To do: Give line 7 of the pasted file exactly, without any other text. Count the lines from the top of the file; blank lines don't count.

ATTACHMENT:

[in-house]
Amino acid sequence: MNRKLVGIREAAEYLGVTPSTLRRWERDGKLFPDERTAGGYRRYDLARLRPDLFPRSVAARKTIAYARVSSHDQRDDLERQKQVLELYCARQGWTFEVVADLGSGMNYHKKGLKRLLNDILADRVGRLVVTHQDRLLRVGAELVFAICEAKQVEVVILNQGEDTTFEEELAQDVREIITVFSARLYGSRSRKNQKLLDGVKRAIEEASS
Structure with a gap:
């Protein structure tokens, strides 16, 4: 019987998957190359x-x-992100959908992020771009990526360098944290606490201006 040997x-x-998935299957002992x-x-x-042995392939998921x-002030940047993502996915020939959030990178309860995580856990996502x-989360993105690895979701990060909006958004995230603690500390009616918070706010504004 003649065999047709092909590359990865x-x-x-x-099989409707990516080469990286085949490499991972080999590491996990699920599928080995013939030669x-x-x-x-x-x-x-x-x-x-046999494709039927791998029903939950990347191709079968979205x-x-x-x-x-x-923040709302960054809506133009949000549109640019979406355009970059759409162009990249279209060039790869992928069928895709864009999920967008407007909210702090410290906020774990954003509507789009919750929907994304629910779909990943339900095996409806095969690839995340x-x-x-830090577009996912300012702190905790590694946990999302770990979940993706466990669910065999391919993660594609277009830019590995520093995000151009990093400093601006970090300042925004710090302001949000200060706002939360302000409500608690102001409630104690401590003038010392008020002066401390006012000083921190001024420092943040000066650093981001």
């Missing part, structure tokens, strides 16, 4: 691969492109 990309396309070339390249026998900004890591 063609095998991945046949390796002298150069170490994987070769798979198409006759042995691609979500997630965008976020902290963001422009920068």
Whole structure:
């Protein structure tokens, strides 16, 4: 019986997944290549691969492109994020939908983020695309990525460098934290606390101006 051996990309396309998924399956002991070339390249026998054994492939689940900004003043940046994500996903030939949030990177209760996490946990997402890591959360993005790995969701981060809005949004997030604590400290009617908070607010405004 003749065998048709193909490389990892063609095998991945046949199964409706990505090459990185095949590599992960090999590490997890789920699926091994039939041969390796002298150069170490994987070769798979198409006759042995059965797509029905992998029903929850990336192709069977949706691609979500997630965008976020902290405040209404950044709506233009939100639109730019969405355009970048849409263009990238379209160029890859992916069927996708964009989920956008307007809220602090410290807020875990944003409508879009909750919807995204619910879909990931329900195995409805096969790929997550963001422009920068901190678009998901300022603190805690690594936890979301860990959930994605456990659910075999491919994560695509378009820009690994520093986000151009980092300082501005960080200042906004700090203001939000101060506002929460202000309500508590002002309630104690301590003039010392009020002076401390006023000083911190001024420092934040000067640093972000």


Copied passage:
């Protein structure tokens, strides 16, 4: 019986997944290549691969492109994020939908983020695309990525460098934290606390101006 051996990309396309998924399956002991070339390249026998054994492939689940900004003043940046994500996903030939949030990177209760996490946990997402890591959360993005790995969701981060809005949004997030604590400290009617908070607010405004 003749065998048709193909490389990892063609095998991945046949199964409706990505090459990185095949590599992960090999590490997890789920699926091994039939041969390796002298150069170490994987070769798979198409006759042995059965797509029905992998029903929850990336192709069977949706691609979500997630965008976020902290405040209404950044709506233009939100639109730019969405355009970048849409263009990238379209160029890859992916069927996708964009989920956008307007809220602090410290807020875990944003409508879009909750919807995204619910879909990931329900195995409805096969790929997550963001422009920068901190678009998901300022603190805690690594936890979301860990959930994605456990659910075999491919994560695509378009820009690994520093986000151009980092300082501005960080200042906004700090203001939000101060506002929460202000309500508590002002309630104690301590003039010392009020002076401390006023000083911190001024420092934040000067640093972000």